The Exploring Tomorrow podcast, by filmmaker, director and writer, Mikel J Wisler, has interviewed me on his wonderful, uber-nerdy show. It was a lovely chat, and Mikel was a warm and charming host. Super-nerdy writers of sci-fi and spec-fic may enjoy the conversation.
Last year, in the middle of releasing a debut novel, mid-pandemic, with no marketing plan or budget, I blagged a surprise collaboration with Tasmanian playwright, Stephanie Briarwood, funded by TasWriters. The funding was part of a 'we'd better keep them alive and off the streets' strategy by government to avoid performers and other creatives from being seen in public, so, long-story-short, I co-wrote a kinda, sorta play - a speculative fiction narrative set in the near-future, in glorious down-town Burnie. Intended as a one-hour screenplay, Steph and I didn't know where the work would end up, so we were chuffed to be told Blue Cow were going to do a readthrough-performance - irl!
Watching their performance, and skills in action, was wonderful. Stephanie, a seasoned professional, cheerfully mocked me as a 'theatre virgin' when I misted up, made unexpectedly emotional by the characters evolving through their narratives. So, a huge thank you to all involved. I'd love to see the actors encore in an actual filmed version of that one day in the life of an illegal taxi driver, Hong Kong refugee, Wendy Chen, and her growing family of passengers. Anyone need a super low-budget, locally made 100% Tasmanian drama script?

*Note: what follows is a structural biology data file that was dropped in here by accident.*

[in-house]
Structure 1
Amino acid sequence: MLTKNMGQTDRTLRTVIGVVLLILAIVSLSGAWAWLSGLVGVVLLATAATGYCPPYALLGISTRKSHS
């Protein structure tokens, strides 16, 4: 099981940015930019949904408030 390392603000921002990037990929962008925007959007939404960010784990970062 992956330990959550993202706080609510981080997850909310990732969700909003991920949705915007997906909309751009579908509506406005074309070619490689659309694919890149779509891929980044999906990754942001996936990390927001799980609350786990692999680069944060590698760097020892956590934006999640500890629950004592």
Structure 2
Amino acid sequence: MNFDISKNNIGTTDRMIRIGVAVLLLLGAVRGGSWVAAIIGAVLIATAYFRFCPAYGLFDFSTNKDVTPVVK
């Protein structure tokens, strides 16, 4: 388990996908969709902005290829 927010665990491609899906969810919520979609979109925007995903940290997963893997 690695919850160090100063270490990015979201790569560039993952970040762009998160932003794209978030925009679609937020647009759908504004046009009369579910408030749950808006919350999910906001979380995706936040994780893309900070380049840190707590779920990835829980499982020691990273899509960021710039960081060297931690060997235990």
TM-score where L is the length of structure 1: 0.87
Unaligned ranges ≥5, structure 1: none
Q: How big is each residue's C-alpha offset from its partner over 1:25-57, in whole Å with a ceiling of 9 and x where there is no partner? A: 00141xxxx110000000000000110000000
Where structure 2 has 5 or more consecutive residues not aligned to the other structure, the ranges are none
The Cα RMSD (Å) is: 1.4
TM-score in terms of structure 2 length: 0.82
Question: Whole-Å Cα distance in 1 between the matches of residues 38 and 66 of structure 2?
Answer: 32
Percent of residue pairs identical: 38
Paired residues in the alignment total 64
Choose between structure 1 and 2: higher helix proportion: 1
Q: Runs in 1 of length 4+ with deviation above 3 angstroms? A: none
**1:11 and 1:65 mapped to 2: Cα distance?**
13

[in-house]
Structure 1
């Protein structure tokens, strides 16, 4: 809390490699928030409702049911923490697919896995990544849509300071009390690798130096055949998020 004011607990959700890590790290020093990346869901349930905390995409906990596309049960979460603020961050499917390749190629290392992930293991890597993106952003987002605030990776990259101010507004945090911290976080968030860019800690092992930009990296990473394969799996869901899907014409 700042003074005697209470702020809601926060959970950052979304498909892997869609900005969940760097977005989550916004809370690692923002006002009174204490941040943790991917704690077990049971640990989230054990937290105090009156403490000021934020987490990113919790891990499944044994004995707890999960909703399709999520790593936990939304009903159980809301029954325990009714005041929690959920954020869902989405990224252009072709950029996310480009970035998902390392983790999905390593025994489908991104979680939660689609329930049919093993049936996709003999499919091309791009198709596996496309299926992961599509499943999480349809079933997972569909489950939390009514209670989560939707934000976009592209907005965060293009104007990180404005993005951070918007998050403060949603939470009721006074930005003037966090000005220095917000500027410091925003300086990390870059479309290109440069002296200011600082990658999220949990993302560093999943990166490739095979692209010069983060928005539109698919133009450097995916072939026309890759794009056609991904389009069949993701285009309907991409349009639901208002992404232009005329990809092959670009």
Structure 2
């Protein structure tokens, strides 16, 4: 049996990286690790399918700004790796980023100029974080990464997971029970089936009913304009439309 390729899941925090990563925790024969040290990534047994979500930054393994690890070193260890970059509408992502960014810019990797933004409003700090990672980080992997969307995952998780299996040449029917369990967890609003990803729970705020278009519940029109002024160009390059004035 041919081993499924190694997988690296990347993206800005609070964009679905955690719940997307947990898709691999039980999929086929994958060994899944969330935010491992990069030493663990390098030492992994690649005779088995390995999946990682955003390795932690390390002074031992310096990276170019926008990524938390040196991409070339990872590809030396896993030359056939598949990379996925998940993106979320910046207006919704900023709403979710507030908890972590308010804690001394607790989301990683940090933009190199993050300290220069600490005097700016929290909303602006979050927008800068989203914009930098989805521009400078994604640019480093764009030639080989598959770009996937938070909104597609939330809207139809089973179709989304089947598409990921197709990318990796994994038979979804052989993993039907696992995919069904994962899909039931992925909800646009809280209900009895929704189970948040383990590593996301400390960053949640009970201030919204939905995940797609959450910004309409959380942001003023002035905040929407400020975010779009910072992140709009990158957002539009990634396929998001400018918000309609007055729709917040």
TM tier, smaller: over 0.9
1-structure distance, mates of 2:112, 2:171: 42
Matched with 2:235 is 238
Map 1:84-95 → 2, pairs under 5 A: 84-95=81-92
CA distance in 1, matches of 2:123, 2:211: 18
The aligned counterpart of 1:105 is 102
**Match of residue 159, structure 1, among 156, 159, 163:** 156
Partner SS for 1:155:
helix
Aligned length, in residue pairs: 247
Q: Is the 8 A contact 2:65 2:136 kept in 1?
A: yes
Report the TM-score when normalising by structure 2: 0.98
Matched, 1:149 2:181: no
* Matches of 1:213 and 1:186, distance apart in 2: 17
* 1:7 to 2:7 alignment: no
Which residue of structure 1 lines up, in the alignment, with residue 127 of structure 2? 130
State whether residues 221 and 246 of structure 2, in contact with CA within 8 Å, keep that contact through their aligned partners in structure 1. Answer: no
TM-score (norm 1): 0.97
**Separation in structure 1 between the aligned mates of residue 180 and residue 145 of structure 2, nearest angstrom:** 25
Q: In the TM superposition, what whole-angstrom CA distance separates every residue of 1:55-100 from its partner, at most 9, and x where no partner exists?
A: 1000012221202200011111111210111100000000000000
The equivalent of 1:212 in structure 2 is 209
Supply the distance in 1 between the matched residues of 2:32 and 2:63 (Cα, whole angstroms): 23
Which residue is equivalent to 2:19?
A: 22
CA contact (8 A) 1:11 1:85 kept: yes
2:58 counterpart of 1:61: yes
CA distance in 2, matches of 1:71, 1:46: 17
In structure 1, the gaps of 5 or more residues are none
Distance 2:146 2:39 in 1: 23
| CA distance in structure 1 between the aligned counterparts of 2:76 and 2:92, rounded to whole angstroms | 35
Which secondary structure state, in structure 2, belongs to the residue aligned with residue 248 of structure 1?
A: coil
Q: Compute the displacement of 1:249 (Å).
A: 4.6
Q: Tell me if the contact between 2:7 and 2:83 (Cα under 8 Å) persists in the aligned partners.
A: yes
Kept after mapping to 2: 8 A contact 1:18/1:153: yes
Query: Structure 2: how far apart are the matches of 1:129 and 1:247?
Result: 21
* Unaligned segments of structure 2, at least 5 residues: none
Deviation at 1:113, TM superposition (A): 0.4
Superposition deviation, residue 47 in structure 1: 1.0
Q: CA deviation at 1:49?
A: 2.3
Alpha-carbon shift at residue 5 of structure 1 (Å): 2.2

Obviously a mistake has been made. I've been invited to a writers' festival to be some kind of literary cage-fighter with an impressive group of real writers.
Having never been to one of these things, I'm honestly not sure what to expect other than heavy drinking and arguments. I imagine it will start out reasonably civilised...
...and then descend into some kind of fierce competitive intellectualism in which the caged writers entertain the bellowing, half-naked crowds with things I'm unfamiliar with, like wit, and bon mots, and incisive insights into la condition humane. Etc. As each writer tries to top the others, and put them down in ever-cleverer ways, things are bound to turn nasty.
My strategy will definitely be to get drunk quickly and throw the first punches. My rationale is that, sufficiently intoxicated, blows I fail to deflect will hurt less, and I'm sure to win audience plaudits and tossed coins by being ready to kick it all off.
In any event, I've looked at the competition, and I'm pretty sure I can take down John Marsden, Clare Hooper and Bob Brown if I progress to the finals, but first I have sessions with Alex Landragin, Alison Croggon and Nike Sulway, then a 'conversation', presumably in some kind of bear-baiting pit, with Ramona Koval, then finishing the Saturday with an all-in mass-brawl with Koval (if she's still able to fight), Tony Birch, Mirandi Riwowe, and Rebecca Jessen. I hope to see some of you at the bar afterwards!
Wondering why humans aren't getting their shit together? Our biology is holding us back.
In small tribal groups, most destructive thinking and behaviours are controlled, contained and corrected to that which will sustain the tribe. That’s how we’re hardwired.